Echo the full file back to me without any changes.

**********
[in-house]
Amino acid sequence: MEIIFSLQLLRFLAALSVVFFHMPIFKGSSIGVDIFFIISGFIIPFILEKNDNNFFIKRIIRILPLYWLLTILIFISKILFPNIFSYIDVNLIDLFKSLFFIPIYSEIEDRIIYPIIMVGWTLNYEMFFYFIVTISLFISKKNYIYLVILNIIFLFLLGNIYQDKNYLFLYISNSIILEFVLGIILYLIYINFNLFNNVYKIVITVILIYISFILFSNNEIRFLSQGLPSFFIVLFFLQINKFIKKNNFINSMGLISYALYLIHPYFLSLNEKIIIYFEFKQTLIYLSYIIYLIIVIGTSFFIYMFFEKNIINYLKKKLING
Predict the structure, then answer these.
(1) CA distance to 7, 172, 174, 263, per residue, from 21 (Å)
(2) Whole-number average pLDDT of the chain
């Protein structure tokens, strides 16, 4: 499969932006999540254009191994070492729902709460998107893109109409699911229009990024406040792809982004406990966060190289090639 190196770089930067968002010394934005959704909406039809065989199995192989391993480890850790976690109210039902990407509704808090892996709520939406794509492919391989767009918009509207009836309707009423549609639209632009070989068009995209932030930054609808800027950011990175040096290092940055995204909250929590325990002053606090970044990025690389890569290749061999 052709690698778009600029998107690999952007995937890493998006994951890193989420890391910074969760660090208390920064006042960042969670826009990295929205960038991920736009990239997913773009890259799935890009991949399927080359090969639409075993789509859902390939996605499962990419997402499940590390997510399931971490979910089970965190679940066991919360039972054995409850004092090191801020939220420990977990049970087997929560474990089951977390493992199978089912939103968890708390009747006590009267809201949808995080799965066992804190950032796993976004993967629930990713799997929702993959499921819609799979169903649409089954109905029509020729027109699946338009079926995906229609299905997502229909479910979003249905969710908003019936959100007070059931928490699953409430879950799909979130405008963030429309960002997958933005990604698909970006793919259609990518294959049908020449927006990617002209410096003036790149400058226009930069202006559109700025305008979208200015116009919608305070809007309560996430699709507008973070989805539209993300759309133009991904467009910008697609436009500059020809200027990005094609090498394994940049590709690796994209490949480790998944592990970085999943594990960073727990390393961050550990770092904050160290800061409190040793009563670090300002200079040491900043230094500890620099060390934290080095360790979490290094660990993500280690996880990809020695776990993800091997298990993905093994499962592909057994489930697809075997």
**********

[in-house]
Amino acid sequence: MEIIFSLQLLRFLAALSVVFFHMPIFKGSSIGVDIFFIISGFIIPFILEKNDNNFFIKRIIRILPLYWLLTILIFISKILFPNIFSYIDVNLIDLFKSLFFIPIYSEIEDRIIYPIIMVGWTLNYEMFFYFIVTISLFISKKNYIYLVILNIIFLFLLGNIYQDKNYLFLYISNSIILEFVLGIILYLIYINFNLFNNVYKIVITVILIYISFILFSNNEIRFLSQGLPSFFIVLFFLQINKFIKKNNFINSMGLISYALYLIHPYFLSLNEKIIIYFEFKQTLIYLSYIIYLIIVIGTSFFIYMFFEKNIINYLKKKLING
Predict the structure, then answer these.
(1) CA distance to 7, 172, 174, 263, per residue, from 21 (Å)
(2) Whole-number average pLDDT of the chain
């Protein structure tokens, strides 16, 4: 499969932006999540254009191994070492729902709460998107893109109409699911229009990024406040792809982004406990966060190289090639 190196770089930067968002010394934005959704909406039809065989199995192989391993480890850790976690109210039902990407509704808090892996709520939406794509492919391989767009918009509207009836309707009423549609639209632009070989068009995209932030930054609808800027950011990175040096290092940055995204909250929590325990002053606090970044990025690389890569290749061999 052709690698778009600029998107690999952007995937890493998006994951890193989420890391910074969760660090208390920064006042960042969670826009990295929205960038991920736009990239997913773009890259799935890009991949399927080359090969639409075993789509859902390939996605499962990419997402499940590390997510399931971490979910089970965190679940066991919360039972054995409850004092090191801020939220420990977990049970087997929560474990089951977390493992199978089912939103968890708390009747006590009267809201949808995080799965066992804190950032796993976004993967629930990713799997929702993959499921819609799979169903649409089954109905029509020729027109699946338009079926995906229609299905997502229909479910979003249905969710908003019936959100007070059931928490699953409430879950799909979130405008963030429309960002997958933005990604698909970006793919259609990518294959049908020449927006990617002209410096003036790149400058226009930069202006559109700025305008979208200015116009919608305070809007309560996430699709507008973070989805539209993300759309133009991904467009910008697609436009500059020809200027990005094609090498394994940049590709690796994209490949480790998944592990970085999943594990960073727990390393961050550990770092904050160290800061409190040793009563670090300002200079040491900043230094500890620099060390934290080095360790979490290094660990993500280690996880990809020695776990993800091997298990993905093994499962592909057994489930697809075997």